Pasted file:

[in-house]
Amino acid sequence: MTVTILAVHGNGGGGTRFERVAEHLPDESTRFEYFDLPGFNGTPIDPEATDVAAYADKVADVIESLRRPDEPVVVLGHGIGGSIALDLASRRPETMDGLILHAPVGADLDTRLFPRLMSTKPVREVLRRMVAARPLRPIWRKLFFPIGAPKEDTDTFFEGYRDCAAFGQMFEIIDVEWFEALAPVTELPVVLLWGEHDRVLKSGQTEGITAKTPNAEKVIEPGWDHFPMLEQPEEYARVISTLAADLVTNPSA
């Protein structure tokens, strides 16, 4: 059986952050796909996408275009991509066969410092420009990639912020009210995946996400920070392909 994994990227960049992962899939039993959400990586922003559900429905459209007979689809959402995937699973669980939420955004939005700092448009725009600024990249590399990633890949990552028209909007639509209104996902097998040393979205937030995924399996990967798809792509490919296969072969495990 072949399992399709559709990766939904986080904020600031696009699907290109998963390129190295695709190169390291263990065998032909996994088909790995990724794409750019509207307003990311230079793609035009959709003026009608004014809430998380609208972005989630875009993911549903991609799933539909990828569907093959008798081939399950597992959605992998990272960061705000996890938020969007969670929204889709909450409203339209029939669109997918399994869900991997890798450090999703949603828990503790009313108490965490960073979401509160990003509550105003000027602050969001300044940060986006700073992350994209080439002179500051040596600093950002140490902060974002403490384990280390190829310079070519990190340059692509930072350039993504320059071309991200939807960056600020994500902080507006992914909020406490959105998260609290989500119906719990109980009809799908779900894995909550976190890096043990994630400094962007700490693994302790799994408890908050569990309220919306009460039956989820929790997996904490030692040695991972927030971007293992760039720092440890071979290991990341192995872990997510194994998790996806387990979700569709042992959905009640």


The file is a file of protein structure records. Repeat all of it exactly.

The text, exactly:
[in-house]
Amino acid sequence: MTVTILAVHGNGGGGTRFERVAEHLPDESTRFEYFDLPGFNGTPIDPEATDVAAYADKVADVIESLRRPDEPVVVLGHGIGGSIALDLASRRPETMDGLILHAPVGADLDTRLFPRLMSTKPVREVLRRMVAARPLRPIWRKLFFPIGAPKEDTDTFFEGYRDCAAFGQMFEIIDVEWFEALAPVTELPVVLLWGEHDRVLKSGQTEGITAKTPNAEKVIEPGWDHFPMLEQPEEYARVISTLAADLVTNPSA
């Protein structure tokens, strides 16, 4: 059986952050796909996408275009991509066969410092420009990639912020009210995946996400920070392909 994994990227960049992962899939039993959400990586922003559900429905459209007979689809959402995937699973669980939420955004939005700092448009725009600024990249590399990633890949990552028209909007639509209104996902097998040393979205937030995924399996990967798809792509490919296969072969495990 072949399992399709559709990766939904986080904020600031696009699907290109998963390129190295695709190169390291263990065998032909996994088909790995990724794409750019509207307003990311230079793609035009959709003026009608004014809430998380609208972005989630875009993911549903991609799933539909990828569907093959008798081939399950597992959605992998990272960061705000996890938020969007969670929204889709909450409203339209029939669109997918399994869900991997890798450090999703949603828990503790009313108490965490960073979401509160990003509550105003000027602050969001300044940060986006700073992350994209080439002179500051040596600093950002140490902060974002403490384990280390190829310079070519990190340059692509930072350039993504320059071309991200939807960056600020994500902080507006992914909020406490959105998260609290989500119906719990109980009809799908779900894995909550976190890096043990994630400094962007700490693994302790799994408890908050569990309220919306009460039956989820929790997996904490030692040695991972927030971007293992760039720092440890071979290991990341192995872990997510194994998790996806387990979700569709042992959905009640």